Texas basketball teams, players find success on national level

Inclusion of Texas high school basketball among the nation's elite is a relatively new development. This is a state where basketball once was mostly a way to spend time between football and spring football.

Two of the past five teams recognized as national champions were from Texas: Lincoln (Dallas) in 2004 and Duncanville in 2007. The first time a Texas high school product was chosen No. 1 in the NBA draft was 1991, when the Charlotte Hornets selected Larry Johnson of Skyline (Dallas). Johnson was followed a year later by Shaquille O'Neal of Cole (San Antonio) -- he played there his last two years -- and in 2000 by Kenyon Martin of Bryan Adams (Dallas).

The decision in the mid-1980s to finally allow high school players to participate in summer leagues certainly moved Texas ball up in class. And well before that, the integration of public schools in the late '60s and early '70s put the game on its feet.

Robert Hughes Sr. saw it and lived it. He coached for 47 seasons in Fort Worth, first in the league for black schools at I.M. Terrell and then for 31 years with his Flying Wildcats of Dunbar. He retired in 2005 with 1,333 victories, more than any other high school basketball coach in the country.

"Texas high school basketball was beat over the head with a short stick for years, but it never died," said Hughes, 80 years old and still a lithe 6-foot-6. "All the publicity was football. Well, that's changed now without a doubt. These teams can play with anybody."

Dunbar won a Class 5A title in 1993 and a 4A crown in 2003, and Hughes' Terrell teams won three titles in the largest division of the old Prairie View Interscholastic League. Terrell was closed in 1973, and Hughes moved to Dunbar.

He took 12 Dunbar teams to the state tournament in Austin, and four teams lost in the final. In 1987, before interstate high school games became commonplace, Dunbar defeated Oak Hill Academy (Mouth of Wilson, Va.), ending that school's 55-game winning streak.

Hughes developed something of a farm system at Terrell, which was a combination junior-senior high, by steering all the "tall skinnies" in the seventh grade into a physical education class in which he taught basketball fundamentals. None of Hughes' Terrell or Dunbar players became NBA names, unless you count James Cash. He now is a part owner of the Boston Celtics, having recently retired from the faculty of the Harvard Business School, many years after becoming the first black basketball player in the old Southwest Conference at TCU.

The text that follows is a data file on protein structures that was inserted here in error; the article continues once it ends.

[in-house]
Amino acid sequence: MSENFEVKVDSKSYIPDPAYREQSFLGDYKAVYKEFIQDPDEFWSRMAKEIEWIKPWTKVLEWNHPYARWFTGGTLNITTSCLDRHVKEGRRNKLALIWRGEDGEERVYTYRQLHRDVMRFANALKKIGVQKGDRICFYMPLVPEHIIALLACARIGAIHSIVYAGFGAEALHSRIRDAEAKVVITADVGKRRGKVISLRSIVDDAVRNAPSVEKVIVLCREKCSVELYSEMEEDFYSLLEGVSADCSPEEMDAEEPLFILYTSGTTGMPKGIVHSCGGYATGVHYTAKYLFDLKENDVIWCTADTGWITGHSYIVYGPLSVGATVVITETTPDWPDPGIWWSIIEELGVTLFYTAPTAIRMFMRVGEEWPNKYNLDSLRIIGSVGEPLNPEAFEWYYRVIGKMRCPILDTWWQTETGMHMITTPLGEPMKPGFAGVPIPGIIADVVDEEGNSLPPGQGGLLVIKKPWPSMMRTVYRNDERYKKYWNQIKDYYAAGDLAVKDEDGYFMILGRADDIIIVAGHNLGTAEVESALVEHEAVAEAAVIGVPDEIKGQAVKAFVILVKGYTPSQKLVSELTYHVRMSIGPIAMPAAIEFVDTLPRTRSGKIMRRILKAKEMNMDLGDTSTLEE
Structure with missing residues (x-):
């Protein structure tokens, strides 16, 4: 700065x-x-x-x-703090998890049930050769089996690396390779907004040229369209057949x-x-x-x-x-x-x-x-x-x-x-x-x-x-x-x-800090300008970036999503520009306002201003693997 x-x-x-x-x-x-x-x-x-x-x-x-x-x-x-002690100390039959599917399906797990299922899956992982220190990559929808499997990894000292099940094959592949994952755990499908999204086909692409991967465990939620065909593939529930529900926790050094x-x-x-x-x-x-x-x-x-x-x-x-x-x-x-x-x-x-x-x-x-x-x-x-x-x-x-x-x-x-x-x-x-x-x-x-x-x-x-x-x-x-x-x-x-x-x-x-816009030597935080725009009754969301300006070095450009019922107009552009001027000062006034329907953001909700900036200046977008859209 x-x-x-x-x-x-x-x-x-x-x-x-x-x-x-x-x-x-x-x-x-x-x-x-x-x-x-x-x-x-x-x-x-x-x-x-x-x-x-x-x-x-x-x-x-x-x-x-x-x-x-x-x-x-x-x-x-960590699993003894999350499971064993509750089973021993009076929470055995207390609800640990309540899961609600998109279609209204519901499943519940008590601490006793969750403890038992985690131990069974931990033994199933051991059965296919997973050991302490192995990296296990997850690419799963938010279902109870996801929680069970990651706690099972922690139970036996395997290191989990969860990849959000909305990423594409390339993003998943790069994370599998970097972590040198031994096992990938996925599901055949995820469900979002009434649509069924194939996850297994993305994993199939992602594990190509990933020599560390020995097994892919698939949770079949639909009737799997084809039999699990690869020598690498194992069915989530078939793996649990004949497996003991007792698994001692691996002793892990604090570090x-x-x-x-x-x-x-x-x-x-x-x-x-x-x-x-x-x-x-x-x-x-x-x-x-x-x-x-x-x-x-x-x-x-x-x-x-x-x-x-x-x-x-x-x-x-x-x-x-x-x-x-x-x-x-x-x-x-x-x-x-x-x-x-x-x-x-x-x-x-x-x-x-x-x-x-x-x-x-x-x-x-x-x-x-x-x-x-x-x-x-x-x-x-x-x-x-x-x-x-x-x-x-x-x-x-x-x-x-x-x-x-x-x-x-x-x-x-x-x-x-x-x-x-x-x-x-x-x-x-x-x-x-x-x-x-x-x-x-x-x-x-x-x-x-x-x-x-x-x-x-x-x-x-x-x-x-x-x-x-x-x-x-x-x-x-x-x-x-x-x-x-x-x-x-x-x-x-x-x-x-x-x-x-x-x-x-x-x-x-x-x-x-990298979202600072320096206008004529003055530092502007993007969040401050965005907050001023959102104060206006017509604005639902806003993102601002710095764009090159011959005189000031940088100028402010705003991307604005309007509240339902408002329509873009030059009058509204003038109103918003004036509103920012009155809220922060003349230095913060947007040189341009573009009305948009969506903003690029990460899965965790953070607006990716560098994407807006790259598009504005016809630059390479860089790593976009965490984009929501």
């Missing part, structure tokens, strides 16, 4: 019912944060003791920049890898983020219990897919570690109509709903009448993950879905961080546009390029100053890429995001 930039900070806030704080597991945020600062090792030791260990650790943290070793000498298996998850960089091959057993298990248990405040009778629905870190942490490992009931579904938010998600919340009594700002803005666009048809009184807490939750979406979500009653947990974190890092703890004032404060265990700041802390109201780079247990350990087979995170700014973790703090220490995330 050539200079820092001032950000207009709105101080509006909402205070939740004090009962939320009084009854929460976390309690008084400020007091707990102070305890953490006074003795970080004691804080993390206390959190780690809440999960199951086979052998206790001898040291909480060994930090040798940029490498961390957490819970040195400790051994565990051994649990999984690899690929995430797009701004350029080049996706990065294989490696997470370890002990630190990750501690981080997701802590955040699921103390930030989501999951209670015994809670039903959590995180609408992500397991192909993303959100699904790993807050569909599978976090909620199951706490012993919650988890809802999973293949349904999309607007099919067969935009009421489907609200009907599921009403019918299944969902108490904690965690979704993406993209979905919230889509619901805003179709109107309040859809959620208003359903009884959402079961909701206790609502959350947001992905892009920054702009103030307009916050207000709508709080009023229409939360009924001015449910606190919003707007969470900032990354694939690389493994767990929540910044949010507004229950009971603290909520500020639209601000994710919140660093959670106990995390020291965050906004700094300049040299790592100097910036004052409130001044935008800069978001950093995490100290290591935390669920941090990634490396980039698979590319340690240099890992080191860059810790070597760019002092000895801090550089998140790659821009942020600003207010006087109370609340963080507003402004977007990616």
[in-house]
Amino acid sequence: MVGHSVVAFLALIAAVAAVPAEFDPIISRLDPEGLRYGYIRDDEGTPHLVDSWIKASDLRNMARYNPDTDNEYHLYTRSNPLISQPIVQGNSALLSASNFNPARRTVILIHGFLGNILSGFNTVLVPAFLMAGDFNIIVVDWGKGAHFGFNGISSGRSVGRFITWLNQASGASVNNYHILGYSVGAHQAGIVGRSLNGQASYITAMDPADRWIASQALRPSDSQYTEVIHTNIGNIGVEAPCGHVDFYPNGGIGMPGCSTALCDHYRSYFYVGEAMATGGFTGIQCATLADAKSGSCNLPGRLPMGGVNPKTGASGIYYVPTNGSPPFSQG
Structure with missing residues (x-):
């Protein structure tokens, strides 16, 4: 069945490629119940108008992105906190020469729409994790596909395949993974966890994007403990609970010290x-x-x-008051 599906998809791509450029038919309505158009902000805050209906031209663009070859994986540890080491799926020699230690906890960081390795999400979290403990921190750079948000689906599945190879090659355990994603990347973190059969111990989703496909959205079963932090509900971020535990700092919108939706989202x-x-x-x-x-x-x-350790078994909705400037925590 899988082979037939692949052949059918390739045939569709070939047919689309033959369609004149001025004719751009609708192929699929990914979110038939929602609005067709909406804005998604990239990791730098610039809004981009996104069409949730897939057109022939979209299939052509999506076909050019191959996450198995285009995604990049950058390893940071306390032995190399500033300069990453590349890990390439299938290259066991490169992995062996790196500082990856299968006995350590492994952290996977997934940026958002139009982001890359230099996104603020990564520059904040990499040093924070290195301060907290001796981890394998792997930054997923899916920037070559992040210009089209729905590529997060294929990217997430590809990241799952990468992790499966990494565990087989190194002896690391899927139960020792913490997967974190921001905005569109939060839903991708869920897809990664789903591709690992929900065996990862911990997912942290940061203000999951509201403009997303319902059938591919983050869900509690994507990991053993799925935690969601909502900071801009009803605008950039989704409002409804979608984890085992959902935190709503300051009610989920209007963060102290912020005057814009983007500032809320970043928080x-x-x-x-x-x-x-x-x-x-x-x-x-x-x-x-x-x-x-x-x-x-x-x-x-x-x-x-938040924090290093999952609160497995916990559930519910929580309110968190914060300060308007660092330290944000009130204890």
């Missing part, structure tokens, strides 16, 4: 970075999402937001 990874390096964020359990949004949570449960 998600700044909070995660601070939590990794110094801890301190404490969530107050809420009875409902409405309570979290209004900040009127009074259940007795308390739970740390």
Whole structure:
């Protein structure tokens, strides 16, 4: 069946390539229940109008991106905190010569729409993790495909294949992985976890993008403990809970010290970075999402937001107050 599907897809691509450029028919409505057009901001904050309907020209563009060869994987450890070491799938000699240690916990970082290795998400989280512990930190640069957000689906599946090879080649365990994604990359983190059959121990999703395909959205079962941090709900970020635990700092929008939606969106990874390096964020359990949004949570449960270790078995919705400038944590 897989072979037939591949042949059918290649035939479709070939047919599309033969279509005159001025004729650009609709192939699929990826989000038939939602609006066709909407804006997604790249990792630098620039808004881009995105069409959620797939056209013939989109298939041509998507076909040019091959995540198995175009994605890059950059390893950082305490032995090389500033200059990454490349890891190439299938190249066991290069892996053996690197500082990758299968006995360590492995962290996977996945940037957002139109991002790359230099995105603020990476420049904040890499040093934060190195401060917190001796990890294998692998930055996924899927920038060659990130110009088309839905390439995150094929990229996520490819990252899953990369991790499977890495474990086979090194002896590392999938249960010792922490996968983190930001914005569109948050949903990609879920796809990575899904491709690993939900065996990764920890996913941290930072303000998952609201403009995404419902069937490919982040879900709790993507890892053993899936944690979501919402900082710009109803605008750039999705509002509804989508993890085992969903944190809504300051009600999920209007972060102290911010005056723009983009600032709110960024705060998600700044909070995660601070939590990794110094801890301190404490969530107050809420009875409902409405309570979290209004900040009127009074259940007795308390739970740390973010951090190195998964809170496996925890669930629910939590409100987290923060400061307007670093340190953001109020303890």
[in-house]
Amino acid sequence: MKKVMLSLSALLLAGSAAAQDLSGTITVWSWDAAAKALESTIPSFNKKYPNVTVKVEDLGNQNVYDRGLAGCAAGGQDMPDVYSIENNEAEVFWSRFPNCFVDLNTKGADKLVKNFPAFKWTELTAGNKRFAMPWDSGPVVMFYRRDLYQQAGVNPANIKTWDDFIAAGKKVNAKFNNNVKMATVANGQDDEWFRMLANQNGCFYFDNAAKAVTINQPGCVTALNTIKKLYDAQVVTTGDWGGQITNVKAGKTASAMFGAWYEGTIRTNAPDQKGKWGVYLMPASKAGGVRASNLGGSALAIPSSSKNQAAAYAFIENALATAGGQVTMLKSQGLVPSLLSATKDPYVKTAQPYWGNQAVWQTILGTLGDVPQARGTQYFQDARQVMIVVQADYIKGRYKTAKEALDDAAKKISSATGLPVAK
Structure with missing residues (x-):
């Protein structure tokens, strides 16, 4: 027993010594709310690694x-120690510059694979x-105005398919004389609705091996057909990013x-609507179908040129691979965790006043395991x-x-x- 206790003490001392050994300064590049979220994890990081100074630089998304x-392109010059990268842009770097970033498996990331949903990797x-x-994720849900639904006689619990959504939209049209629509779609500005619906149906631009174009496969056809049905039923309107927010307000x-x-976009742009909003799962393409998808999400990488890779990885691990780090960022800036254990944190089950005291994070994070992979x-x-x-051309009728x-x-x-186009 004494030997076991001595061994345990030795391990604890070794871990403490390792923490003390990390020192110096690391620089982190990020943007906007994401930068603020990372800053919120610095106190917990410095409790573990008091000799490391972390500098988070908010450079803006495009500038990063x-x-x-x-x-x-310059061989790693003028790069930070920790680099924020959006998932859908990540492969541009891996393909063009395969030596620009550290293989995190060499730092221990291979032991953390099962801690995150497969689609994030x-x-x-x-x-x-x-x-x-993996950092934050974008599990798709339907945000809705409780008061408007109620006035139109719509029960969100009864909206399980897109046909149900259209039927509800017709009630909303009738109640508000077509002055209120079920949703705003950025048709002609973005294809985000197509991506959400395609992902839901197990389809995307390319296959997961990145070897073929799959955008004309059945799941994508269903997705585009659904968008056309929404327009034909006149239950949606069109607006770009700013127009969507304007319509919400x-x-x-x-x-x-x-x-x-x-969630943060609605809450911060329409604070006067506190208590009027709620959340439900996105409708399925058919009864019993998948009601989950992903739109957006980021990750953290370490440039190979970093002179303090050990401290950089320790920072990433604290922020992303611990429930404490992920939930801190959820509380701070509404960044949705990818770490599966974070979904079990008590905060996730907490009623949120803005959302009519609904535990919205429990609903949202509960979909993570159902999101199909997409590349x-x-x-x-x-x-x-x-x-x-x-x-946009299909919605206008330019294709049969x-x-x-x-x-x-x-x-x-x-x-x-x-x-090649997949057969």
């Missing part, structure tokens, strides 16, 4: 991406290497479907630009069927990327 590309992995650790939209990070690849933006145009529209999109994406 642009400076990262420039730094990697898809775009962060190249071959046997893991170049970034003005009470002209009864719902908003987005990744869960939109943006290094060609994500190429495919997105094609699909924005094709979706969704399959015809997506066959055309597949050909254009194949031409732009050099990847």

"Except for two teams," Hughes said, "the tallest guy on the Dunbar bench was me!"

His teams were built on speed and discipline. Most of the schools in the PVIL played up-tempo, although Hughes recalled a more blunt description used back then.

"Colored ball," he said. "But the kids from the all-white schools used to get a bus and come watch us play. In the PVIL, we used to say, 'If you can't score 85, don't come.'"

One of Hughes' most recent Dunbar products, former Georgia Tech captain Jeremis Smith, reflected on the coach's hard line.

"You did exactly what he said, or you'd have a seat on the bench," said Smith, the MVP of the 2003 state tournament for 4A. "It didn't matter how many points you averaged, if you were a superstar, if somebody from a college was there to recruit you. You'd be sitting on the end of the bench."

Hughes' creative summation of his most important rule: "If you can't make a layup, can't shoot a free throw, you can't beat your grandmother if she has on spiked heels and an Easter bonnet -- if you can do one thing, do what the hell I tell you to."

Early in his career, Hughes' firm words and stern looks were supported by a wooden paddle known as the board of education.

"Boardology is a master teacher," he said with a grin. "When we removed that, we removed a lot from our education system."

Smith, who now plays in France, also recalled the comradery of the team being an important factor.

"We were friends before anything," he said. "There are guys from years before me that I'm still close to. Still a Dunbar family."

Family still plays a role in Hughes' activities. He was succeeded by his son, Robert Jr., and often scouts for the Wildcats.

"I do everything now that I did when I was hired except I don't get paid," he said. "But I also don't have to go to those faculty meetings and separate kids for fighting in the hallway.

"I was probably too intense when I coached. If I had it to do over again … I probably wouldn't change a thing."

Jeff Miller is a freelance writer in Texas and can be reached at miller.jeff55@gmail.com.